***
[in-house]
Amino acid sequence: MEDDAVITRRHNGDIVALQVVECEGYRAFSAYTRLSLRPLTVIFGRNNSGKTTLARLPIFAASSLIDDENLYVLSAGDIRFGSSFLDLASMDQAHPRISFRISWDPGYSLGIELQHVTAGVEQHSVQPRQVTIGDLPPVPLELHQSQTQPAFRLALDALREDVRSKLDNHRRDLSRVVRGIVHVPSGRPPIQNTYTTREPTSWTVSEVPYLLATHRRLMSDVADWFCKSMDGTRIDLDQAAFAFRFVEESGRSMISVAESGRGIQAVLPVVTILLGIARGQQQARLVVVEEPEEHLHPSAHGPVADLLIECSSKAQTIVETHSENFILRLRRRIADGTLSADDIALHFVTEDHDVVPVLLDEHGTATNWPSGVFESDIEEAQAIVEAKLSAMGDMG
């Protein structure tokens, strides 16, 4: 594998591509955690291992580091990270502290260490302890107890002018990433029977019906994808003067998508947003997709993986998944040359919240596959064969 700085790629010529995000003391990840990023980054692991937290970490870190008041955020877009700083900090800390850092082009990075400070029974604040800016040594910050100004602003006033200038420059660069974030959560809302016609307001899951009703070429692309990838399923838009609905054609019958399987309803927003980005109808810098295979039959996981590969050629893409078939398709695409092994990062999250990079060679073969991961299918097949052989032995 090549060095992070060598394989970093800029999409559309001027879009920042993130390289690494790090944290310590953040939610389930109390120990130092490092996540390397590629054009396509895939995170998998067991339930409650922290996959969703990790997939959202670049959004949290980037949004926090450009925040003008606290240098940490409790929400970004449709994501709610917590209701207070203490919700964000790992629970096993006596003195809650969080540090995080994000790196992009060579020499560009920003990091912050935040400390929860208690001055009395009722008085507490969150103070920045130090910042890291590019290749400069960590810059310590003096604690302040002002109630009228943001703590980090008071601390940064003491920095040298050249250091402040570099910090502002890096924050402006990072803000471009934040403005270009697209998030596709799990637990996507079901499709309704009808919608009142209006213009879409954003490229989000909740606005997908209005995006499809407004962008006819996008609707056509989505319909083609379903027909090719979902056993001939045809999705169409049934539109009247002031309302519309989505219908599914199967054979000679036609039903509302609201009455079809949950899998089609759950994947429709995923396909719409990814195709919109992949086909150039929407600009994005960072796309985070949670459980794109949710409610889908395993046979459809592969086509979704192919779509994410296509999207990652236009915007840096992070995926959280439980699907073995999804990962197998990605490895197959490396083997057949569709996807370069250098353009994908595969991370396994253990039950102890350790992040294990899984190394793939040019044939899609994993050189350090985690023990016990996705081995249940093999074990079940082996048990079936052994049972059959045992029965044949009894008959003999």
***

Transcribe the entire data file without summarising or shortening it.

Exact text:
[in-house]
Amino acid sequence: MEDDAVITRRHNGDIVALQVVECEGYRAFSAYTRLSLRPLTVIFGRNNSGKTTLARLPIFAASSLIDDENLYVLSAGDIRFGSSFLDLASMDQAHPRISFRISWDPGYSLGIELQHVTAGVEQHSVQPRQVTIGDLPPVPLELHQSQTQPAFRLALDALREDVRSKLDNHRRDLSRVVRGIVHVPSGRPPIQNTYTTREPTSWTVSEVPYLLATHRRLMSDVADWFCKSMDGTRIDLDQAAFAFRFVEESGRSMISVAESGRGIQAVLPVVTILLGIARGQQQARLVVVEEPEEHLHPSAHGPVADLLIECSSKAQTIVETHSENFILRLRRRIADGTLSADDIALHFVTEDHDVVPVLLDEHGTATNWPSGVFESDIEEAQAIVEAKLSAMGDMG
């Protein structure tokens, strides 16, 4: 594998591509955690291992580091990270502290260490302890107890002018990433029977019906994808003067998508947003997709993986998944040359919240596959064969 700085790629010529995000003391990840990023980054692991937290970490870190008041955020877009700083900090800390850092082009990075400070029974604040800016040594910050100004602003006033200038420059660069974030959560809302016609307001899951009703070429692309990838399923838009609905054609019958399987309803927003980005109808810098295979039959996981590969050629893409078939398709695409092994990062999250990079060679073969991961299918097949052989032995 090549060095992070060598394989970093800029999409559309001027879009920042993130390289690494790090944290310590953040939610389930109390120990130092490092996540390397590629054009396509895939995170998998067991339930409650922290996959969703990790997939959202670049959004949290980037949004926090450009925040003008606290240098940490409790929400970004449709994501709610917590209701207070203490919700964000790992629970096993006596003195809650969080540090995080994000790196992009060579020499560009920003990091912050935040400390929860208690001055009395009722008085507490969150103070920045130090910042890291590019290749400069960590810059310590003096604690302040002002109630009228943001703590980090008071601390940064003491920095040298050249250091402040570099910090502002890096924050402006990072803000471009934040403005270009697209998030596709799990637990996507079901499709309704009808919608009142209006213009879409954003490229989000909740606005997908209005995006499809407004962008006819996008609707056509989505319909083609379903027909090719979902056993001939045809999705169409049934539109009247002031309302519309989505219908599914199967054979000679036609039903509302609201009455079809949950899998089609759950994947429709995923396909719409990814195709919109992949086909150039929407600009994005960072796309985070949670459980794109949710409610889908395993046979459809592969086509979704192919779509994410296509999207990652236009915007840096992070995926959280439980699907073995999804990962197998990605490895197959490396083997057949569709996807370069250098353009994908595969991370396994253990039950102890350790992040294990899984190394793939040019044939899609994993050189350090985690023990016990996705081995249940093999074990079940082996048990079936052994049972059959045992029965044949009894008959003999």